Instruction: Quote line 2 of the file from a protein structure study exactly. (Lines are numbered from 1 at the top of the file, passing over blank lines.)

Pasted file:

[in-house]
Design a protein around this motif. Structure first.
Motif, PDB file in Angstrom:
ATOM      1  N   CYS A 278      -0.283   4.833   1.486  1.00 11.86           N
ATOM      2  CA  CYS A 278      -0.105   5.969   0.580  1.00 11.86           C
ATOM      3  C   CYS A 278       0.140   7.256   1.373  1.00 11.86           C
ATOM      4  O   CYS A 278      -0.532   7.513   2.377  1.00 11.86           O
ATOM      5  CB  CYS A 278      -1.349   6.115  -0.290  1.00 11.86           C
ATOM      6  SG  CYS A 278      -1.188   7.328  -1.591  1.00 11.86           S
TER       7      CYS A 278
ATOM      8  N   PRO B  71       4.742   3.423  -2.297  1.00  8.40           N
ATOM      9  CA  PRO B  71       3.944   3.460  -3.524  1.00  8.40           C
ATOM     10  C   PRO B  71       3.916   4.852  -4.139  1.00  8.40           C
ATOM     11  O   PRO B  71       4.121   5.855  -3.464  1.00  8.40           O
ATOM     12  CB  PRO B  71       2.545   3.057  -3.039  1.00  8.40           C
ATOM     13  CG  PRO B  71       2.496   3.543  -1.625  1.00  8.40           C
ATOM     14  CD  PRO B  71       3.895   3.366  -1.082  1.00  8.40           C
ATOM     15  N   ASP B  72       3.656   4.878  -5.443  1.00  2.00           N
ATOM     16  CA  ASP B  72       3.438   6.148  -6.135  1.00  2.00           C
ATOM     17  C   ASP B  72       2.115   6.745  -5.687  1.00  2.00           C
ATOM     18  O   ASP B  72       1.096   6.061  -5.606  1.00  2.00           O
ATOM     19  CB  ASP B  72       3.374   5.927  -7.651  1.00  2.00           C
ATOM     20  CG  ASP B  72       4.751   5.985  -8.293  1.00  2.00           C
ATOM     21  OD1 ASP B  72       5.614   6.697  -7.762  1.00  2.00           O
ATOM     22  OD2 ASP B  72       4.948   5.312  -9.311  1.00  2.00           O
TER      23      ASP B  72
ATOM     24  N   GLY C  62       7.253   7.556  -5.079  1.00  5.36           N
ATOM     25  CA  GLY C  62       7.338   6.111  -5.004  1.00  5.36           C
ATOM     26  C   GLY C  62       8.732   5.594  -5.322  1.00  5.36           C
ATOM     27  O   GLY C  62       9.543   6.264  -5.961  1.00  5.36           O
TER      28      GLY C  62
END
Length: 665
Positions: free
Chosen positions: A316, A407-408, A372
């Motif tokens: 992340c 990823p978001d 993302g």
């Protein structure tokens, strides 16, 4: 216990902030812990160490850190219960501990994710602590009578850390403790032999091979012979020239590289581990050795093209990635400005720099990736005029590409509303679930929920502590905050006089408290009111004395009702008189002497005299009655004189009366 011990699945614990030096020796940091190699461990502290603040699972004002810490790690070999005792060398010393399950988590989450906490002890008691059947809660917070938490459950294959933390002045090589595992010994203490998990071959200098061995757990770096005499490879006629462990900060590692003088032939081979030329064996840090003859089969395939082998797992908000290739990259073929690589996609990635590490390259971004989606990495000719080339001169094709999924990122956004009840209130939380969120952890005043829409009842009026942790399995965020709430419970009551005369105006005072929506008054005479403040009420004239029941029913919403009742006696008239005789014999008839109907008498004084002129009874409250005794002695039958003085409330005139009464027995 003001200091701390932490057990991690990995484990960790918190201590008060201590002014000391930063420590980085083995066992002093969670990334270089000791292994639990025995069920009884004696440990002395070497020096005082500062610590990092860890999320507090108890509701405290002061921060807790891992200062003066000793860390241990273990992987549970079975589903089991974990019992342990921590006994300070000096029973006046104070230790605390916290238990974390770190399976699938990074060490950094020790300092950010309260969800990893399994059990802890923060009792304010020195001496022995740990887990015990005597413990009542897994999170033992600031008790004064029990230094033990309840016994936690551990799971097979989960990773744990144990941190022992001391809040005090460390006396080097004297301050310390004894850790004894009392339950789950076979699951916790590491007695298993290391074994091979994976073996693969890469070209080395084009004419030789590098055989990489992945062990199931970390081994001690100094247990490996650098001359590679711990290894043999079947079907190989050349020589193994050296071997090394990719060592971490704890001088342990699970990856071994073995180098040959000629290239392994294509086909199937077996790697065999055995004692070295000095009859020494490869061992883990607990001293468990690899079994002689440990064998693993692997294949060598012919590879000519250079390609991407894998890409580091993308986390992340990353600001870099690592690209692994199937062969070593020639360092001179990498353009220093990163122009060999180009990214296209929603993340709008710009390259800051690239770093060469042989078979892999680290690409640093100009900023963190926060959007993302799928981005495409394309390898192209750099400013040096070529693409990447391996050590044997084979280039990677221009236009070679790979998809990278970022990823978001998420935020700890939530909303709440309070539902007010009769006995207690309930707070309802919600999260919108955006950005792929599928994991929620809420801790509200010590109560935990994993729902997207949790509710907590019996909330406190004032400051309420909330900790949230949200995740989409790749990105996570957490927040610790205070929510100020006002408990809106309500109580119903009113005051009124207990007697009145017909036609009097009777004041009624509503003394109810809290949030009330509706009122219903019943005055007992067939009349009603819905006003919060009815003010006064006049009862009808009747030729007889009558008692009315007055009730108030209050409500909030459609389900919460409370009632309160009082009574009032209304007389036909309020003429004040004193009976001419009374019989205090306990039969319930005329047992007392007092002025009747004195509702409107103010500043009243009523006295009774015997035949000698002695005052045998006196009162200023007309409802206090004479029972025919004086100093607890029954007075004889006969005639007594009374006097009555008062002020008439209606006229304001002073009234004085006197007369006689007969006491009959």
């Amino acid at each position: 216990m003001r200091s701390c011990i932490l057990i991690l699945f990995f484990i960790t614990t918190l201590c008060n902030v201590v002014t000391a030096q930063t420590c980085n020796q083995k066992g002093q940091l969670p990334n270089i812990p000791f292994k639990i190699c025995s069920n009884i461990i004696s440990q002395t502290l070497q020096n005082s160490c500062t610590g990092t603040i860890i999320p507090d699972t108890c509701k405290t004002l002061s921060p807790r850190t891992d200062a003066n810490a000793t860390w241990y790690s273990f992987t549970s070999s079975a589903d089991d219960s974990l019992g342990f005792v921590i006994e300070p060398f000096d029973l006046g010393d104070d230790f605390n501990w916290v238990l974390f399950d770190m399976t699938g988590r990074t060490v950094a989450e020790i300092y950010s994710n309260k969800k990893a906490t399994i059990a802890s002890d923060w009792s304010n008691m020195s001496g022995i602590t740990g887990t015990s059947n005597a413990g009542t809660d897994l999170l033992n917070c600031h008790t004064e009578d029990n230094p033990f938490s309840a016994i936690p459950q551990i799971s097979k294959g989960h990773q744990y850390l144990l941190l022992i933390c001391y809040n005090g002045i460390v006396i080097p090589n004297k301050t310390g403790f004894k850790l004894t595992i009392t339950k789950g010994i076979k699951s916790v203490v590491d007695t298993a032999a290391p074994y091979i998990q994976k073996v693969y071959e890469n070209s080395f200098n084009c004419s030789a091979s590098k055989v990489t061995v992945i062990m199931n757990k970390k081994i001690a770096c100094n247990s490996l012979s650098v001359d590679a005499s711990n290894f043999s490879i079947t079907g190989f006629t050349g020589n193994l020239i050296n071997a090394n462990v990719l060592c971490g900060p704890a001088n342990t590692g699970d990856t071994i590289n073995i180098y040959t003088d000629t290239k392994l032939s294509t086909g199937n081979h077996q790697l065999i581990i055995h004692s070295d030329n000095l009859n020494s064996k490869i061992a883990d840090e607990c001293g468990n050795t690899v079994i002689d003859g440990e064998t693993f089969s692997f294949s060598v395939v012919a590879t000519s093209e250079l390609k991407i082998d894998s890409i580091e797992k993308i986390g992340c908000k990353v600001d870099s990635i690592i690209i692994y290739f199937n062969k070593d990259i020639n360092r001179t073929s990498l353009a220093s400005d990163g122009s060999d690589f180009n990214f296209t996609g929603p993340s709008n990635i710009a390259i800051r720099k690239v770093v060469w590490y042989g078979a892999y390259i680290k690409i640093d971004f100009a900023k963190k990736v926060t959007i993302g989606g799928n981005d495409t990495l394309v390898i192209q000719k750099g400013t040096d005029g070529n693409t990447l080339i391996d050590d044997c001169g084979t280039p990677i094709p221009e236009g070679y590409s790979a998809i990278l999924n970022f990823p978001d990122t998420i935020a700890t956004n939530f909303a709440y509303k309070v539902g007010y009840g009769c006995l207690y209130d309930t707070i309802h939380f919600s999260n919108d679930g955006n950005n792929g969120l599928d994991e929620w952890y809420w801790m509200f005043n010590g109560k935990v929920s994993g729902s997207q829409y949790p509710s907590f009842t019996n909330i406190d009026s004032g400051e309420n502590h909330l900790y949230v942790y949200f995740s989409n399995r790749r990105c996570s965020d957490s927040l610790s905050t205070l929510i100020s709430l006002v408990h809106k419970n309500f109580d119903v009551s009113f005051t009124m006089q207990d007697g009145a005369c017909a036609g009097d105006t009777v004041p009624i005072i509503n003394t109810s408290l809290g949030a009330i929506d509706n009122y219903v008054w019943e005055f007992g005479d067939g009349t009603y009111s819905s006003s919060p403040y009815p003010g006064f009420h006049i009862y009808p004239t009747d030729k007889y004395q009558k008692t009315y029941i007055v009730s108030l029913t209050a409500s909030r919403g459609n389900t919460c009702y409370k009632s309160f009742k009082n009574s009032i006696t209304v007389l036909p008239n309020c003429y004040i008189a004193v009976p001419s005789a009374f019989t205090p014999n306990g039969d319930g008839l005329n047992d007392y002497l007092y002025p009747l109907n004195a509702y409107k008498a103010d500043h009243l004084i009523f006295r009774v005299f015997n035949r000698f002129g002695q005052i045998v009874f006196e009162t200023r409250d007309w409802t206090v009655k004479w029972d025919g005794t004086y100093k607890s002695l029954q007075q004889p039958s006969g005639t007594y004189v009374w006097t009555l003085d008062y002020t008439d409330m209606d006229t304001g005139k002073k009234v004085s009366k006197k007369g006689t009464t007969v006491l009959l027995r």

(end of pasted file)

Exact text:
Design a protein around this motif. Structure first.